Alright, I’m just gonna say it: Material Issue was the best power pop band there’s ever been. Period. End of story. Done. You doubting me, son? Tell me who was better! Shoes? Nah…they were all pop, no power. Cheap Trick? A greater band overall, sure, but not really power pop. Ditto for Big Star. Raspberries? Even their best albums were half filler! 20/20? The Beat? They probably had better debut albums, but after that…not so much. If we go by the textbook definition of power pop, as per All Music Guide (“a cross between the crunching hard rock of the Who and the sweet melodicism of the Beatles and Beach Boys, with the ringing guitars of the Byrds thrown in for good measure”), Chicago’s mighty Ish was not only the genre’s most emblematic band, but also its best.
It wasn’t until its third album, Freak City Soundtrack, that Material Issue captured the hard edge and big rock energy of its live show on record. But for anyone seeking the best introduction to this extraordinary band, International Pop Overthrow remains the mandatory starting point. With the first three songs featuring girls’ names in their titles, and only one of 14 tracks exceeding the four minute mark, the battle plan is clear before you’ve heard a single note. This is classic power pop, and as such it exhibits a perfect simplicity that masks its considerable artistry. Given the familiar melody-driven style and well-worn “songs about girls” motif, it would be all too easy for one to dismiss these songs as formulaic dreck. Some rock critics already have, and as punishment they will face an eternity in a fiery hell, where there are no cute chicks or record shops, and “Party In the U.S.A.” plays 24/7. Sure, it's pop. And no, it didn't overthrow anything. But to sell this album short is to deny the distinct gifts of one of the finest singer/songwriters to ever pick up a guitar, one James Walter Ellison.
With a singing voice so pure and plaintive and unique that it feels like you’re listening to your best friend, Jim Ellison infused these simple pop songs with rare emotional depth and profound insights into the human condition. He was hardly the first man to write pop songs about broken hearts, infatuation, and unrequited love. But I can think of few others, ever, who’ve done it better. His melodies were gorgeous and instantly memorable. His lyrics were touching and truthful and sometimes so unbearably REAL that they could break your heart in ten words or less. And if the pop singer’s greatest task is to summon up all that heartbreak and longing and loss and despair and tortuous relationship woe of a short lifetime and somehow make the listener FEEL it, then Ellison was the king.
Recorded over a two-year period at Short Order Recorder, with Jeff Murphy in the producer’s chair, IPO has the sonic sensibility of a Shoes album. The recording is minimalistic, demo-like, and devoid of the power trio’s live oomph, forcing the songs themselves to the forefront. And what songs they are! Most pop bands would kill to boast a career best-of with as many “hits” as this humble debut. The college radio staple “Valerie Loves Me”, a jangly slice of melancholy as haunting as it is hummable, isn’t even the best track! “Li’l Christine” and “Out Right Now” would have been pop radio smashes if pop radio actually played radio pop. “Very First Lie” starts off like standard ballad fare, then surprises, musically and lyrically, in all the best ways. Listen to “Diane” once, and it’ll be stuck in your head all day.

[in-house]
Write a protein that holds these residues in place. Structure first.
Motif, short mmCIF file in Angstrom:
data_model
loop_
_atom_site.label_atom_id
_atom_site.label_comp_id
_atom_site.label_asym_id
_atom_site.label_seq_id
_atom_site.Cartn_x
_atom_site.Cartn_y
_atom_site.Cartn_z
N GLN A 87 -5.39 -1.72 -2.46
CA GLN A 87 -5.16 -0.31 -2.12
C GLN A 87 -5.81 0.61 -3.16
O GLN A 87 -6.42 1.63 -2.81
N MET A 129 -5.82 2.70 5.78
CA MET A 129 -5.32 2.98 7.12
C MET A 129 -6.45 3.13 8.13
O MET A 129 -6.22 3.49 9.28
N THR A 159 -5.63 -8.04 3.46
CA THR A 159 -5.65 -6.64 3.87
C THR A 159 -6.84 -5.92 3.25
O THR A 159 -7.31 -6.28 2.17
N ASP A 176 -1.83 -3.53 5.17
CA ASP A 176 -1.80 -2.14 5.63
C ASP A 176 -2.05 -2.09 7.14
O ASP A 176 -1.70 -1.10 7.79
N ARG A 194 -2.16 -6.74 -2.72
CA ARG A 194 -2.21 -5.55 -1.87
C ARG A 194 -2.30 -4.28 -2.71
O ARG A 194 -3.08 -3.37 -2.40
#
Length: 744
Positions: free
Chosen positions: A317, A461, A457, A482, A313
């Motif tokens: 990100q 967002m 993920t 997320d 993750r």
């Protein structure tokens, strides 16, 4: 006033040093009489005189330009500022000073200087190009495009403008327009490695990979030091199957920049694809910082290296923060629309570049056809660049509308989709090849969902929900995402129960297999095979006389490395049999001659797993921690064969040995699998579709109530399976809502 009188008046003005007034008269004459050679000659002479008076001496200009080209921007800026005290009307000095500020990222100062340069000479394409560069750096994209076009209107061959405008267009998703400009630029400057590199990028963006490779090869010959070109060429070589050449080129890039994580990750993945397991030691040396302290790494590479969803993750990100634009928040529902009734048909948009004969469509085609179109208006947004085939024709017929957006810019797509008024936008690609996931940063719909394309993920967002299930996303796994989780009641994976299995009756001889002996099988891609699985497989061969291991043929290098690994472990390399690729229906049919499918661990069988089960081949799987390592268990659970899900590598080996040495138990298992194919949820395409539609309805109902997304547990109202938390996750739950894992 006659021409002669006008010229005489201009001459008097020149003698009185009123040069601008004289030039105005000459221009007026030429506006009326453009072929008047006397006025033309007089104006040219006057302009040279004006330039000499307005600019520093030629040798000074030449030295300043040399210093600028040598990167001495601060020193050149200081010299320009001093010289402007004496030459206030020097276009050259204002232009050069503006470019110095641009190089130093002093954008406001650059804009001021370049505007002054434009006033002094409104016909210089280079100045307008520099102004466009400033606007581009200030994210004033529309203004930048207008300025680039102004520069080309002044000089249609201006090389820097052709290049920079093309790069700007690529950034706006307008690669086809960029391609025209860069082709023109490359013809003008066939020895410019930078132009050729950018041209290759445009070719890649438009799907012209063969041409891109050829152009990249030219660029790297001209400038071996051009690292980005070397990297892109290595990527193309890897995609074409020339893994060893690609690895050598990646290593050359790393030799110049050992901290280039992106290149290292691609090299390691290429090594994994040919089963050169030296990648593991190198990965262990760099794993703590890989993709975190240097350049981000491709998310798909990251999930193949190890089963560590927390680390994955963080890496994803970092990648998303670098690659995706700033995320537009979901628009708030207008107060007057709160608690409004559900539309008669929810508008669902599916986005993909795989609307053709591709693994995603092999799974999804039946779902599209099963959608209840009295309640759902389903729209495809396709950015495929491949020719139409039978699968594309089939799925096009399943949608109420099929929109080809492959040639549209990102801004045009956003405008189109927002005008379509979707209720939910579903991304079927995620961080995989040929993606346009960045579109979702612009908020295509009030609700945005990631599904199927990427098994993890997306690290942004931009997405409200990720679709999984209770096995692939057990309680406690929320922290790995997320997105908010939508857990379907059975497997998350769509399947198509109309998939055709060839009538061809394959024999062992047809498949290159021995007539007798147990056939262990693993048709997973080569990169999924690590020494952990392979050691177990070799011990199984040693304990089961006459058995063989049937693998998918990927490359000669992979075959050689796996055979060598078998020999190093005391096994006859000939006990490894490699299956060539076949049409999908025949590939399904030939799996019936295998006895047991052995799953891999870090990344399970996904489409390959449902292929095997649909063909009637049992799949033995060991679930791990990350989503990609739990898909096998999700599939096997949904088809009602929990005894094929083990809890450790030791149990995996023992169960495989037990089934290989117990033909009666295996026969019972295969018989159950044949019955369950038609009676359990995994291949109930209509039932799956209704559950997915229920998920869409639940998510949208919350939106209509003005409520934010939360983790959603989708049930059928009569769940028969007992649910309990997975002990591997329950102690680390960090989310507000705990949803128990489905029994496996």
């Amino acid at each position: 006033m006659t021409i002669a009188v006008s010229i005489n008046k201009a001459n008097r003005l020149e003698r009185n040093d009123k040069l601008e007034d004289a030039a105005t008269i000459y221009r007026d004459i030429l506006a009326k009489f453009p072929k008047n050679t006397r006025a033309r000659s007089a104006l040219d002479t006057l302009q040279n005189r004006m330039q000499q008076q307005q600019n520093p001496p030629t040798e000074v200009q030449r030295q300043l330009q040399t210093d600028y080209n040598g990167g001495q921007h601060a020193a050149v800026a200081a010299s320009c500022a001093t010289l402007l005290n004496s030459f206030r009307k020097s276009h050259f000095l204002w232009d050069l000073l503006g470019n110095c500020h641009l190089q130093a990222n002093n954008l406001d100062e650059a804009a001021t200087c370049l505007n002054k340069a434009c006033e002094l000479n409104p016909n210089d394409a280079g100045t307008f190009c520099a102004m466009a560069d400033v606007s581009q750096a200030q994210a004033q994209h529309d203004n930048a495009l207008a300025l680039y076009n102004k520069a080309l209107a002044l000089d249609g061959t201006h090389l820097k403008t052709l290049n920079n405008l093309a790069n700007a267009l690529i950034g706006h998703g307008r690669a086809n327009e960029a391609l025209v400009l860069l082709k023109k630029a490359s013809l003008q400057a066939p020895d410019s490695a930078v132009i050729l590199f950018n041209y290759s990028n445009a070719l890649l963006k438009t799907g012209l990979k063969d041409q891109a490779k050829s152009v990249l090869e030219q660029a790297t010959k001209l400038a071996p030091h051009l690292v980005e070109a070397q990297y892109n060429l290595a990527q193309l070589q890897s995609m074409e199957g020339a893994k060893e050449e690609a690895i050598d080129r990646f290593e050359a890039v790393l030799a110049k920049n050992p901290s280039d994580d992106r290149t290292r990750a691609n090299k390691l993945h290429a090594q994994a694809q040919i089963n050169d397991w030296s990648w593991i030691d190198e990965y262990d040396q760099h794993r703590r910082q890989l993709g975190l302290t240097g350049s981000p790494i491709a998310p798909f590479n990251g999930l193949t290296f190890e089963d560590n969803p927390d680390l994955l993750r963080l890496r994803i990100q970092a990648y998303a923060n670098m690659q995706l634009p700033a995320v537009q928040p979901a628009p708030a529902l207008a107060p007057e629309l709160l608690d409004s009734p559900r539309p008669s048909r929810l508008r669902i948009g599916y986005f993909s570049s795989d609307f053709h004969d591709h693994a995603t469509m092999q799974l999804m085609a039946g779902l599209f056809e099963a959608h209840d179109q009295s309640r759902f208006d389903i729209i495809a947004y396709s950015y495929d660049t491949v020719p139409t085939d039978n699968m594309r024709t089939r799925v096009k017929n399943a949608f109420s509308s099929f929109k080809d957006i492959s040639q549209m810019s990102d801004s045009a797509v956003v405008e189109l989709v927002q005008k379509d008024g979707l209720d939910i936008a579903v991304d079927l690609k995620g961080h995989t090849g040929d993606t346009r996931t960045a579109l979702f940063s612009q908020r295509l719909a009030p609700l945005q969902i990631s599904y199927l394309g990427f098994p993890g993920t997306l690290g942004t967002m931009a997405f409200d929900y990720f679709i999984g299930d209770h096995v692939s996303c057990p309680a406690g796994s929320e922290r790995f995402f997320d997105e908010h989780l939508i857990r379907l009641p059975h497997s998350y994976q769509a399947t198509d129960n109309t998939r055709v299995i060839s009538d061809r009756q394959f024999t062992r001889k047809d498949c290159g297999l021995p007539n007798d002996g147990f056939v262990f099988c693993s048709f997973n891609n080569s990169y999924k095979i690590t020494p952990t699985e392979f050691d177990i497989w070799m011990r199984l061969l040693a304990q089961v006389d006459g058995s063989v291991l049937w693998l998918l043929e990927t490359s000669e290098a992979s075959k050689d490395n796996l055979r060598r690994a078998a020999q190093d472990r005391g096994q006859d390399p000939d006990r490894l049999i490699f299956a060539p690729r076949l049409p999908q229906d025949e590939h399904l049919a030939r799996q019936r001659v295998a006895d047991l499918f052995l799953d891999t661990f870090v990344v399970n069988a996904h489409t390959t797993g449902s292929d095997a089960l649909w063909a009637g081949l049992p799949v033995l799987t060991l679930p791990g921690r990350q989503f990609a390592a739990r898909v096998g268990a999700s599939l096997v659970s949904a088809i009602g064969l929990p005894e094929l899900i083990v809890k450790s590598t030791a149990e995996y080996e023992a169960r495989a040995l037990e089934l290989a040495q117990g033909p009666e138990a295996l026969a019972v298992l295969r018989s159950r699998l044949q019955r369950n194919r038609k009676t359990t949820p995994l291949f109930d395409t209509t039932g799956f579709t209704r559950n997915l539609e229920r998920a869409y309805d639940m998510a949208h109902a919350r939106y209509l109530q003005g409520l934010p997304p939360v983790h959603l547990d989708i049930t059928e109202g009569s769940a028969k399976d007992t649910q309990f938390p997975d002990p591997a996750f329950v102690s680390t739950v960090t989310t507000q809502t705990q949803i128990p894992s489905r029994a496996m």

Material Issue would follow with Destination Universe, a brighter and equally hit-packed gem of an album. And Freak City Soundtrack, with its glammy arena feel, rocks it up without abandoning the plot. But IPO is Ellison’s master work, its tales of love and longing as beautifully rendered as a film or a collection of short stories. Even the funniest lines (“You're only breaking my heart/But that's the very best part” or “And I'd write this down if I only had a pen/And I'd skip the lonely part”) come from a sad place in the aching heart. The painful truth about “Valerie Loves Me” is that she doesn’t love him, and never will, and our protagonist’s only consolation probes the darkest realms of the adolescent heart:
Valerie's lonely in an apartment down the street you know/
And her hair has turned so grey/
But she's so happy, for the memories she has you know/
She can believe in the day when love was on a string/
And she could have that anything she ever wanted/
But she can't have me
And leave it to a soul as wounded as Ellison to catch you off-guard with a sudden, unexpected turn that nails the flawed essence of boy-girl relations:
I'd like to wake up with you early in the morning/
Or stay up late just playin' records on your phonograph/
I'd like to get to know your mother and your father/
Maybe just once pretend to be somebody's better half/
And I would like to tell the very first lie
Considering that Jim Ellison took his own life a mere five years after the release of International Pop Overthrow, there’s the temptation to hear him as a specter, eerily pining away from the great beyond. But there’s nothing spooky about any of the band’s recordings. Ellison sought out to make fun, enjoyable music, and that’s exactly what he did. If IPO is anything, it’s warm, reassuring - its songs reminding all of us who’ve suffered from love’s great agonies that someone out there felt our pain and managed to articulate it so beautifully. Laden with melodies that will never leave our brains and harmonies that could have fallen from the heavens, this is one of those albums that everyone ought to own.